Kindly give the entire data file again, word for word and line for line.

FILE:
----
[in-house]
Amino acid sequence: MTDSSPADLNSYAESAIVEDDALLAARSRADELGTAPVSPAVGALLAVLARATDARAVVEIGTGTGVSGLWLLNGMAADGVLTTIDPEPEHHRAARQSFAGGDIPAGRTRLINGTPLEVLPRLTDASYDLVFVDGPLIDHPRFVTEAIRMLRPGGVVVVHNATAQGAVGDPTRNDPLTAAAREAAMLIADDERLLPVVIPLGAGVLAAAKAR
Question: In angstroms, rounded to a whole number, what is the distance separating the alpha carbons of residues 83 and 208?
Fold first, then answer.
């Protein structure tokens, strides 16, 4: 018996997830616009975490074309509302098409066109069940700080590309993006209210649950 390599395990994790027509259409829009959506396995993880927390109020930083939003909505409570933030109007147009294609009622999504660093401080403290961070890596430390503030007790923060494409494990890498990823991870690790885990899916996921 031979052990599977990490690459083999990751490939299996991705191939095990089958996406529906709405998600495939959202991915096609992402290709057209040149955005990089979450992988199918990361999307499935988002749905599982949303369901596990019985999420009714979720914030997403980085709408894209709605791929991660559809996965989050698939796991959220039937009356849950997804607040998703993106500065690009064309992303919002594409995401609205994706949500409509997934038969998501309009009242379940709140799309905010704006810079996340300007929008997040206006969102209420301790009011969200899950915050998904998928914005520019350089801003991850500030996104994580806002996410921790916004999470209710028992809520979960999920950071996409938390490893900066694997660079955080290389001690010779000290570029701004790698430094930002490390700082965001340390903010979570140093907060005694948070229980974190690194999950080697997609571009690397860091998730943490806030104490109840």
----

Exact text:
[in-house]
Amino acid sequence: MTDSSPADLNSYAESAIVEDDALLAARSRADELGTAPVSPAVGALLAVLARATDARAVVEIGTGTGVSGLWLLNGMAADGVLTTIDPEPEHHRAARQSFAGGDIPAGRTRLINGTPLEVLPRLTDASYDLVFVDGPLIDHPRFVTEAIRMLRPGGVVVVHNATAQGAVGDPTRNDPLTAAAREAAMLIADDERLLPVVIPLGAGVLAAAKAR
Question: In angstroms, rounded to a whole number, what is the distance separating the alpha carbons of residues 83 and 208?
Fold first, then answer.
């Protein structure tokens, strides 16, 4: 018996997830616009975490074309509302098409066109069940700080590309993006209210649950 390599395990994790027509259409829009959506396995993880927390109020930083939003909505409570933030109007147009294609009622999504660093401080403290961070890596430390503030007790923060494409494990890498990823991870690790885990899916996921 031979052990599977990490690459083999990751490939299996991705191939095990089958996406529906709405998600495939959202991915096609992402290709057209040149955005990089979450992988199918990361999307499935988002749905599982949303369901596990019985999420009714979720914030997403980085709408894209709605791929991660559809996965989050698939796991959220039937009356849950997804607040998703993106500065690009064309992303919002594409995401609205994706949500409509997934038969998501309009009242379940709140799309905010704006810079996340300007929008997040206006969102209420301790009011969200899950915050998904998928914005520019350089801003991850500030996104994580806002996410921790916004999470209710028992809520979960999920950071996409938390490893900066694997660079955080290389001690010779000290570029701004790698430094930002490390700082965001340390903010979570140093907060005694948070229980974190690194999950080697997609571009690397860091998730943490806030104490109840």